Beijing may decide to kill Australians or Americans in an attempt to deter conflict with the West due to cultural misperceptions, warned a new report.
The Australian Strategic Policy Institute report, "To deter the PRC", claimed that a heavy pivot to Middle East expertise in the last two decades has robbed Australia and its allies of sufficient understanding of how China views offensive deterrence.
"In an effort to deter the U.S., Australia or their allies, the PRC may conduct strikes on our assets. Put another way, the PRC may kill Americans or Australians in an attempt to deter," wrote Lieutenant Colonel Kyle Marcrum and Dr Brendan Mulvaney.
"That wouldn't have the deterrent effect that the PRC seeks or expects, and the risks of escalation from such a deterrent effort are extremely high."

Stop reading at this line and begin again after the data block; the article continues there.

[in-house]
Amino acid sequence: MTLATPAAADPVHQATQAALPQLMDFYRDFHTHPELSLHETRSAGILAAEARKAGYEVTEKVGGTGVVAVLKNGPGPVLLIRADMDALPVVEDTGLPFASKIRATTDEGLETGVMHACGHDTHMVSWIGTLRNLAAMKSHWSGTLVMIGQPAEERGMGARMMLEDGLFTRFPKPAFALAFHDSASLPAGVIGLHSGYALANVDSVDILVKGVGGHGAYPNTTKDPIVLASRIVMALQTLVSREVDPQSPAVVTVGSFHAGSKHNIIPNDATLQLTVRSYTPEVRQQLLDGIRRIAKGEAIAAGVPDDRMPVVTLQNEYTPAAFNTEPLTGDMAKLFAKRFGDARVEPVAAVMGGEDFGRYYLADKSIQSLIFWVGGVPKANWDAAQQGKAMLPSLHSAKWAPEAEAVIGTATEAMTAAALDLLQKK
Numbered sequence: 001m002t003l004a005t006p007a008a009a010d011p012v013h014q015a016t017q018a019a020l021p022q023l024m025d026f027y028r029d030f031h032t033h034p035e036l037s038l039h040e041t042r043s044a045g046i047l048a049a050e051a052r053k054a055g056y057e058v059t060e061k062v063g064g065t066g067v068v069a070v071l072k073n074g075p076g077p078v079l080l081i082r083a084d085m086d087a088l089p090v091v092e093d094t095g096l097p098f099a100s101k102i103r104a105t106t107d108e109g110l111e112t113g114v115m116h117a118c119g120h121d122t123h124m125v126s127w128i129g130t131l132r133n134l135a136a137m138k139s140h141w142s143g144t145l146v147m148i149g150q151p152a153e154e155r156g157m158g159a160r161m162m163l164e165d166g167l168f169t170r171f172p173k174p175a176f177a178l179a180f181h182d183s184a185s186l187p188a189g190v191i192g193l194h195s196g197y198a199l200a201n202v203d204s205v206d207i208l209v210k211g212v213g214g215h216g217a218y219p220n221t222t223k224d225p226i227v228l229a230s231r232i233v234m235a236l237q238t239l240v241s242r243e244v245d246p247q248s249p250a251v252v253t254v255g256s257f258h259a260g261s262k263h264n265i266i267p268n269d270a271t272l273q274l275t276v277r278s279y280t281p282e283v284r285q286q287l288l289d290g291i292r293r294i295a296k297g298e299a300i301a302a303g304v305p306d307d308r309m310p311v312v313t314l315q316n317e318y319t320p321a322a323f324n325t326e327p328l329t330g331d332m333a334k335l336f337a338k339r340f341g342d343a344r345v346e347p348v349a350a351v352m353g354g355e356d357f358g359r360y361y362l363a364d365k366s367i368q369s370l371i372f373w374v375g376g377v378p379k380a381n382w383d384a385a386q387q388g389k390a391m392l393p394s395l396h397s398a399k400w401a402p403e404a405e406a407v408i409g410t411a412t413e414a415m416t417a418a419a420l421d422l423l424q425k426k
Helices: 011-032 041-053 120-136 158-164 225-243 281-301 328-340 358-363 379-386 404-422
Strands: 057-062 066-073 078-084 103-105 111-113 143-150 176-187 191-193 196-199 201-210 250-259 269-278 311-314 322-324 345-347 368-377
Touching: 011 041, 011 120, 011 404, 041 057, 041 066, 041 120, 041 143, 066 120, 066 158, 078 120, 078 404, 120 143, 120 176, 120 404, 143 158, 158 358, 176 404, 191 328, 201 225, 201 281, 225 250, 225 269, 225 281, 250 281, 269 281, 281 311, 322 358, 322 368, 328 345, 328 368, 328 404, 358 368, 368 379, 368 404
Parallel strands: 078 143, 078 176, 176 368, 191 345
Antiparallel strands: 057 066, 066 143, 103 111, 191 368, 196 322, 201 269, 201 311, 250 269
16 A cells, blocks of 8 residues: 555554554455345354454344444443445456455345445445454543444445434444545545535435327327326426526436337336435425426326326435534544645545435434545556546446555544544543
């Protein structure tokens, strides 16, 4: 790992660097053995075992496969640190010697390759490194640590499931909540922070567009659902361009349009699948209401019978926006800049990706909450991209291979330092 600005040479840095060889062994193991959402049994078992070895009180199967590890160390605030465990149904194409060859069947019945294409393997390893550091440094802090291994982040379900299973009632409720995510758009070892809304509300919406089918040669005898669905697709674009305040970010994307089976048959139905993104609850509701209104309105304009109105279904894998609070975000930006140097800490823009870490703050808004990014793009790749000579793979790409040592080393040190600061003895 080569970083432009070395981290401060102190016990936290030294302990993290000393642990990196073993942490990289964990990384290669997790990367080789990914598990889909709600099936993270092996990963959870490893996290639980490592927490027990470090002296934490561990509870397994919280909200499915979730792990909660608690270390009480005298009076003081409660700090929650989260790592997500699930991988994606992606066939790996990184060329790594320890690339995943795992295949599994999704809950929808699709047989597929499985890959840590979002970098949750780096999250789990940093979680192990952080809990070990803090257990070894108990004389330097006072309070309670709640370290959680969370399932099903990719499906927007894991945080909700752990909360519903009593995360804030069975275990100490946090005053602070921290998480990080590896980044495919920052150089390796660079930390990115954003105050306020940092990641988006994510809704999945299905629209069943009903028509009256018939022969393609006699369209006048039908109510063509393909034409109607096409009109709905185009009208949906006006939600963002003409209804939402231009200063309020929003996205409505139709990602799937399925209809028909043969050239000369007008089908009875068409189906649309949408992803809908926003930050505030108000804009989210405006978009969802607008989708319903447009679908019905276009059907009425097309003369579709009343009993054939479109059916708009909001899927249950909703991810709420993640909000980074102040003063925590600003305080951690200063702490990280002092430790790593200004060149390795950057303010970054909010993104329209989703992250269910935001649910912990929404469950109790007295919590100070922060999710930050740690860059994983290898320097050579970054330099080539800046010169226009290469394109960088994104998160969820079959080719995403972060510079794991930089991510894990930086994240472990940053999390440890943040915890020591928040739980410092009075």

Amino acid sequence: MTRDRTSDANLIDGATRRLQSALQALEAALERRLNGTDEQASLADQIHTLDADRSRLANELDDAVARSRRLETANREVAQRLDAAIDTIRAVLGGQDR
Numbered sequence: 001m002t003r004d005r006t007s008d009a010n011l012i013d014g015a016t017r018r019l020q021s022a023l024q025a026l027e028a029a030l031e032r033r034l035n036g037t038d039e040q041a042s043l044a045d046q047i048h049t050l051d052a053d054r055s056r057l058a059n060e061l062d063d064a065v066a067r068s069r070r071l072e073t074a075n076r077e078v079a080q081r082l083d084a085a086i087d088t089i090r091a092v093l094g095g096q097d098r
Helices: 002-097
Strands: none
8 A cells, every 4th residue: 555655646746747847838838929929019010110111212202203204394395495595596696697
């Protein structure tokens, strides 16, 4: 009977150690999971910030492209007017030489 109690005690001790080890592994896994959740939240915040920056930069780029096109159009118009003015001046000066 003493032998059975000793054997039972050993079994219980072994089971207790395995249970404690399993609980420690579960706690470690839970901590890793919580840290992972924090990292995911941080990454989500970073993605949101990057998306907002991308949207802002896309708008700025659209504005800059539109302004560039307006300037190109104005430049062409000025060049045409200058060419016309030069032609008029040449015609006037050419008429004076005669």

The report, published Thursday, states the PRC may strike without the intent to spiral into a war, with military philosophy published by the People's Liberation Army describing limited strikes as warning signals that may deter the US and its partners and allies.
They also cautioned that China does not perceive military deterrence as any less hostile than coercion, limiting the range of proportional responses available to the West.
It comes as a new poll found for the first time, more Australians believed the China was a threat than an economic partner to the nation.
The Lowy Institute's latest annual foreign affairs survey found attitudes had hardened, and most Australians would want their nation to remain neutral in a conflict between the United States and China.
Nearly two thirds of respondents in the think tank's poll said they viewed China as a security threat, up more than 20 points from 41 per cent last year.
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